The Flying Burrito Brothers “Burrito Deluxe”
Taken as a whole, The Flying Burrito Brothers second album, Burrito Deluxe, is a mild disappointment when measured up against their legendary debut LP, The Gilded Palace of Sin. That record defined the country-rock genre and is still the yardstick by which all alternative country records are measured.
Burrito Deluxe was oringally released by A&M records in 1969. There are some good songs onboard, most notably mellow country-rockers “Cody, Cody” and “God’s Own Singer.” These are clearly the LP’s best numbers. Parsons and company even cover “Wild Horses” a few years before the Rolling Stones included it on their Sticky Fingers LP. On the surface Burrito Deluxe seems like a good enough follow-up to The Gilded Palace of Sin but further listening reveals some major flaws. For one, the songwriting is inconsistent: Burrito Deluxe yields no true classics on par with “Christine’s Tune,” “Hot Burrito #1,” or “Hot Burrito #2.” Parsons at this point was losing interest in the band he and Chris Hillman co-founded. Was Parsons spending too much time with Keith Richards or perhaps writing songs and preparing for his brief solo career? Aspects that made the Burrito’s debut so great, the fuzz guitars, those strong soul and country influences (what Parsons referred to as Cosmic American Music) and the unity in performance are missing. Instead the Burritos go for a harder rocking bar band sound as heard on tracks like Bob Dylan’s “If You Gotta Go” and the Sweetheart era outtake “Lazy Days.” “Lazy Days” is professional songcraft, a decent enough number but the Dylan cover along with “Man In The Fog” is rather sloppy – this is not the Flying Burrito Brothers I know. Other tracks like “Image of Me”, “Farther Along” and “Older Guys” are respectable, gutsy country-rock efforts but again, nothing groundbreaking or classic.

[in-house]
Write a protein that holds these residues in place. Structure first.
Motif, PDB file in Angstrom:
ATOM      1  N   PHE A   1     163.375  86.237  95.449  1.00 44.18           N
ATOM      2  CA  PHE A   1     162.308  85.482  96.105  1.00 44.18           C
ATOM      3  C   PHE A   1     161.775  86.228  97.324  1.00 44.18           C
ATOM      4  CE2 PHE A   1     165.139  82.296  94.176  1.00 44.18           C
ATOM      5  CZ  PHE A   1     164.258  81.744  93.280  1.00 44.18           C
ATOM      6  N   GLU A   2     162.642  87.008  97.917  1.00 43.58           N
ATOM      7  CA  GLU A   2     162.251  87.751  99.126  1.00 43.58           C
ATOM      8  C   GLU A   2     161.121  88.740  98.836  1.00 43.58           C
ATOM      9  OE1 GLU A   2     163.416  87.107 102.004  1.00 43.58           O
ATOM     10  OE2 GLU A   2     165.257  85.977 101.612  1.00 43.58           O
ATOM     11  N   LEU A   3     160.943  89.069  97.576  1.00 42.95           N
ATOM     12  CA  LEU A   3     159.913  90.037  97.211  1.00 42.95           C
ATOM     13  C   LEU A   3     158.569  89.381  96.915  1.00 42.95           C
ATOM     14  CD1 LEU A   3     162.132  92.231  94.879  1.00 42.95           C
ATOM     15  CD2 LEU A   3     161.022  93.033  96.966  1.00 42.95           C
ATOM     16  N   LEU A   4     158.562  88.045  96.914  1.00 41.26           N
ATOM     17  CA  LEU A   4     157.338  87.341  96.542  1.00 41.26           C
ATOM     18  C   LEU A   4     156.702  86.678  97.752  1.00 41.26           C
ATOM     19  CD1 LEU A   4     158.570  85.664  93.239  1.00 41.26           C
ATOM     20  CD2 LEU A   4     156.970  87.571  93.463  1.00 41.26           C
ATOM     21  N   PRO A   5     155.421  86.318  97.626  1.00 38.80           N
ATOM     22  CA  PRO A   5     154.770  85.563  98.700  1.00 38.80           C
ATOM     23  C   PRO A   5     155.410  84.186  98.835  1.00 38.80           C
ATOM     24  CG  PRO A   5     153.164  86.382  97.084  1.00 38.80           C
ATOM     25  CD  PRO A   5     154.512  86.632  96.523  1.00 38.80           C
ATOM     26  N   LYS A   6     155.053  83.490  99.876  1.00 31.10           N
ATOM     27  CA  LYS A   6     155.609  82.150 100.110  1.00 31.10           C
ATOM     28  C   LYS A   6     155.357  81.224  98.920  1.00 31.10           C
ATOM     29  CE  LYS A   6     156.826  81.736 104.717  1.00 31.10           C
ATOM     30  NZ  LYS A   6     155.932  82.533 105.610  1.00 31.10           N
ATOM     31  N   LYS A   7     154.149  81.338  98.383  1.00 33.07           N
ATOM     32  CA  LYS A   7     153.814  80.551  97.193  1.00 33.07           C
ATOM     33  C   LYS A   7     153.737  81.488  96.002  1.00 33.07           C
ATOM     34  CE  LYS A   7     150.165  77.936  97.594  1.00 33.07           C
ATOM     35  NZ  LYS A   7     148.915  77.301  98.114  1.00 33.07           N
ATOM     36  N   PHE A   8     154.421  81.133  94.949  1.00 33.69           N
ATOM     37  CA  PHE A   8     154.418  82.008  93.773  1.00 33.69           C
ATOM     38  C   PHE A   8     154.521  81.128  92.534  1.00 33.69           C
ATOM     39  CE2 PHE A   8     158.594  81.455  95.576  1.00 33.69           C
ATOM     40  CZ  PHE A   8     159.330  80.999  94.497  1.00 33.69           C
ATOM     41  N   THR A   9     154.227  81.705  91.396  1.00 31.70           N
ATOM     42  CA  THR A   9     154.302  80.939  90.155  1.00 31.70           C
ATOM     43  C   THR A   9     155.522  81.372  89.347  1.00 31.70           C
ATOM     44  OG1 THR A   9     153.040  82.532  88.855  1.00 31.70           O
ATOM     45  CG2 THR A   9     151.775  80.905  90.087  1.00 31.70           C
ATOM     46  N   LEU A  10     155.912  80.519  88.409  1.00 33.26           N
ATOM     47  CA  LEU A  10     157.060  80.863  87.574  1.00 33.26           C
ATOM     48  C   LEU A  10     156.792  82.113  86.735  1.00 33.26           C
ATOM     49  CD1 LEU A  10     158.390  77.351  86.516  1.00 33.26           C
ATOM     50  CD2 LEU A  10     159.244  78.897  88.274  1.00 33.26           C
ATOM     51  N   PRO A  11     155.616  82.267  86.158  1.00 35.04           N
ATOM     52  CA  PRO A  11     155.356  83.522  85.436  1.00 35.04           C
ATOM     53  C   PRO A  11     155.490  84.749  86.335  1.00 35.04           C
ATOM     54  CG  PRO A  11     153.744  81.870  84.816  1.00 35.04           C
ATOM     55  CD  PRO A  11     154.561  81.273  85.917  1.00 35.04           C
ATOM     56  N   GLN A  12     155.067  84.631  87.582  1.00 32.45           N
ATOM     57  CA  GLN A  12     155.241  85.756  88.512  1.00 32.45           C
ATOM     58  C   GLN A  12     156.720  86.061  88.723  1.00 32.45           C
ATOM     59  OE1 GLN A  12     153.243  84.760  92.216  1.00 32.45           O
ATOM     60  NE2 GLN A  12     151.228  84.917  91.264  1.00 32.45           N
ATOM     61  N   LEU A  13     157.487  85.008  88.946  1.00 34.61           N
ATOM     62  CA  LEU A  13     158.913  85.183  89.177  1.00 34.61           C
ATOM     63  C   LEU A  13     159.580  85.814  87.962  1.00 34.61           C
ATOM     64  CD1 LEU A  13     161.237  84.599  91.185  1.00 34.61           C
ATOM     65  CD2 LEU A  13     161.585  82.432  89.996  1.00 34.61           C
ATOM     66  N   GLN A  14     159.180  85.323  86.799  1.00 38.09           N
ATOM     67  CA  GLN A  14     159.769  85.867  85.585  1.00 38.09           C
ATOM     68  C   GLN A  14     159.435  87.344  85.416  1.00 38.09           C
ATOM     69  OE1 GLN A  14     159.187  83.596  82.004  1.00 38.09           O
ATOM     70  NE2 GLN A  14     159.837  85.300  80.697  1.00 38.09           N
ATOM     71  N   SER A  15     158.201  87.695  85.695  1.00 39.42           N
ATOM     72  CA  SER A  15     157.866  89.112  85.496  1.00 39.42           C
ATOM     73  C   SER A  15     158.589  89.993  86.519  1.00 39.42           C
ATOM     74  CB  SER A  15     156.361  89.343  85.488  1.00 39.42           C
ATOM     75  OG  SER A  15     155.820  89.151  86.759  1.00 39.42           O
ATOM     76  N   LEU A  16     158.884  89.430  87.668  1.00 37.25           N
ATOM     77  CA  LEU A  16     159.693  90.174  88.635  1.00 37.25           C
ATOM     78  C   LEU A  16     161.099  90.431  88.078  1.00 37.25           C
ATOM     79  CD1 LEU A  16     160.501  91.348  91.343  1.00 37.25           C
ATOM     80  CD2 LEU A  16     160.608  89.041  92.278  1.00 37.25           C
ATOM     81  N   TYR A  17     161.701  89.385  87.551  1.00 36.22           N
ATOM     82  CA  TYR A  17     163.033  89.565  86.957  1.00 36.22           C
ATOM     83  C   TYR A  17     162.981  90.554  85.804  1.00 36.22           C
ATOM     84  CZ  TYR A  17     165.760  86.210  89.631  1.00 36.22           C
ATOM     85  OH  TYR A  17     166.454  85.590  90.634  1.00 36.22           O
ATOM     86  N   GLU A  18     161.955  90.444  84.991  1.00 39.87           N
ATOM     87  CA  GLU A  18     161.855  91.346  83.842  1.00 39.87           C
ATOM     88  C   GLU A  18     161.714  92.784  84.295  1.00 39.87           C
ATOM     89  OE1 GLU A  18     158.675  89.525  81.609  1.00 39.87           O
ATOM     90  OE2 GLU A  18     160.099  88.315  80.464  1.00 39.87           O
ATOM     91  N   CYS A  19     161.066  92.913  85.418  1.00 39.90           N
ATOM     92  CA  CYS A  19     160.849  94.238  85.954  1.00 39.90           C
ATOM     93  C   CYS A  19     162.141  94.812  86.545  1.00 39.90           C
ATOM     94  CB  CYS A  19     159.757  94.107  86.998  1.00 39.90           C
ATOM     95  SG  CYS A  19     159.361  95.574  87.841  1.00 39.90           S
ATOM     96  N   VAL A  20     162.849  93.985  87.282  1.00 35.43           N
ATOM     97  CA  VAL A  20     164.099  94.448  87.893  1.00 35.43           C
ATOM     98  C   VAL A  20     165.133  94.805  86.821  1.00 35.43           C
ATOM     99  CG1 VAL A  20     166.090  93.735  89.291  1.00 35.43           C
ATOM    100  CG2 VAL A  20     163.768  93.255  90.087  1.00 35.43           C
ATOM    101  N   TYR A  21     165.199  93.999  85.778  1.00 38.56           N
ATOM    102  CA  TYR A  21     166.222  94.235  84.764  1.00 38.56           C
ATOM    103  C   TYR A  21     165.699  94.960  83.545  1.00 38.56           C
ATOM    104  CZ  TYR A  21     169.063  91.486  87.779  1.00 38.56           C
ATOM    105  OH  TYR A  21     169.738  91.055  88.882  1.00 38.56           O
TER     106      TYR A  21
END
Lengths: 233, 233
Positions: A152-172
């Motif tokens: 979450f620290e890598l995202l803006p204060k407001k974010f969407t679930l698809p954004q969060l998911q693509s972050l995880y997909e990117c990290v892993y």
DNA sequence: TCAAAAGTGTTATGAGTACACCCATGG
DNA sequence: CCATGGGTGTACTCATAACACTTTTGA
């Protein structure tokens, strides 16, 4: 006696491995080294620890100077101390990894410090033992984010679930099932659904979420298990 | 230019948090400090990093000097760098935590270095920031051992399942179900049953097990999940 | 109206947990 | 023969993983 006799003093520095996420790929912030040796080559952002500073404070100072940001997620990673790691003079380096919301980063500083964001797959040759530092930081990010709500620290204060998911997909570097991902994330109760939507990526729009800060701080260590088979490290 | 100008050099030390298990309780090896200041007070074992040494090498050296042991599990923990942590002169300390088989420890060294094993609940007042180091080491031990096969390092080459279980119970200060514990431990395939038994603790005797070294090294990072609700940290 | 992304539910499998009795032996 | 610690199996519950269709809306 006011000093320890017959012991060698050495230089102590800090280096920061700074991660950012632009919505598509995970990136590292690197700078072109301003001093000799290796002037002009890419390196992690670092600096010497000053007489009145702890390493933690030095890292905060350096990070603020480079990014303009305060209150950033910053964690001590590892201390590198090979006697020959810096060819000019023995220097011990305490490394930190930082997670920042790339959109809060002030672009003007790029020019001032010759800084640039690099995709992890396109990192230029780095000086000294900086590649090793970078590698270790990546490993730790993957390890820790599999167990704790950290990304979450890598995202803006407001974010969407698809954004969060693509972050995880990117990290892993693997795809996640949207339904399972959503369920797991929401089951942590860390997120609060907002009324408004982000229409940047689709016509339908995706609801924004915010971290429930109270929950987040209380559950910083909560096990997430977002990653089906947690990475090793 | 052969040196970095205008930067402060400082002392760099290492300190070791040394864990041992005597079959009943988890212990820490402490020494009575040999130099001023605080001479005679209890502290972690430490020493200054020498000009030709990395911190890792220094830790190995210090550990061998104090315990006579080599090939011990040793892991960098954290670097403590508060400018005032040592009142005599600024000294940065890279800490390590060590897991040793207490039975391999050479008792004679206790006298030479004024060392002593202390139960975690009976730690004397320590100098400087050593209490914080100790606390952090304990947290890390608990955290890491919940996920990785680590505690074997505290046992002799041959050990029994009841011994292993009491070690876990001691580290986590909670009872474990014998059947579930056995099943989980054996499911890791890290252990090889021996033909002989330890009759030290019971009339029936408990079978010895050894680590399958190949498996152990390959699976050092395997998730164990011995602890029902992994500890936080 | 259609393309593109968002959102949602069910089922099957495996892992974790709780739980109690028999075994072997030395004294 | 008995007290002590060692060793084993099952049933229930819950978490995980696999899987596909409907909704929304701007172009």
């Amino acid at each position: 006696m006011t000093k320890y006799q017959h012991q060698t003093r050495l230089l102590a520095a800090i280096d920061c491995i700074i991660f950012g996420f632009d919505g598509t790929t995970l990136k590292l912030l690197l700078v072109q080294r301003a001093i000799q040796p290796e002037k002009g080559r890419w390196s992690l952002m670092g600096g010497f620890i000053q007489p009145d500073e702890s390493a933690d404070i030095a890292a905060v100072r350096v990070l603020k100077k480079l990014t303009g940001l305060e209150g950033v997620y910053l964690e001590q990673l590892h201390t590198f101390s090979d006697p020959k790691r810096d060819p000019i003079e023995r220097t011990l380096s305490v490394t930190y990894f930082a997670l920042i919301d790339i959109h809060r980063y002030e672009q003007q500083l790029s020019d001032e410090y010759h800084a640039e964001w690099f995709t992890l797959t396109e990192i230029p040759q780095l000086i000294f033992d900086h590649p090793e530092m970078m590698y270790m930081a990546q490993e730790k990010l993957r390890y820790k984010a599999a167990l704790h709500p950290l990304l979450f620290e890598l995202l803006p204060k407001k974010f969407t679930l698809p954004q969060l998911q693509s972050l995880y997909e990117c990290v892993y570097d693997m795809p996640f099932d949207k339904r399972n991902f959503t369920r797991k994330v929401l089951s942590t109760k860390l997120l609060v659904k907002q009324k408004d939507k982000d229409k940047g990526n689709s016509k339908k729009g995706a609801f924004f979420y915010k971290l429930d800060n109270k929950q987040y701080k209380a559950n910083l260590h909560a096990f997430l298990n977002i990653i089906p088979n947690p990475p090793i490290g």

So on a whole, this is a solid album for the country-rock genre, definitely better than what the average band was releasing back in the late 60s/early 70s. I’d go out on a limb and say that the Burrito’s self titled 3rd album and Last of the Red Hot Burritos (live) may be more consistent records – these records are without Gram Parsons too! Listening to Burrito Deluxe reminds us that Parsons’ head was elsewhere at the time. It feels as though the band is rushing through each number without any heart or true committment and because of this, Burrito Deluxe suffers from an unfocused sound. All complaints aside, Burrito Deluxe is still well worth a spin and an essential albeit baffling country-rock/Americana LP.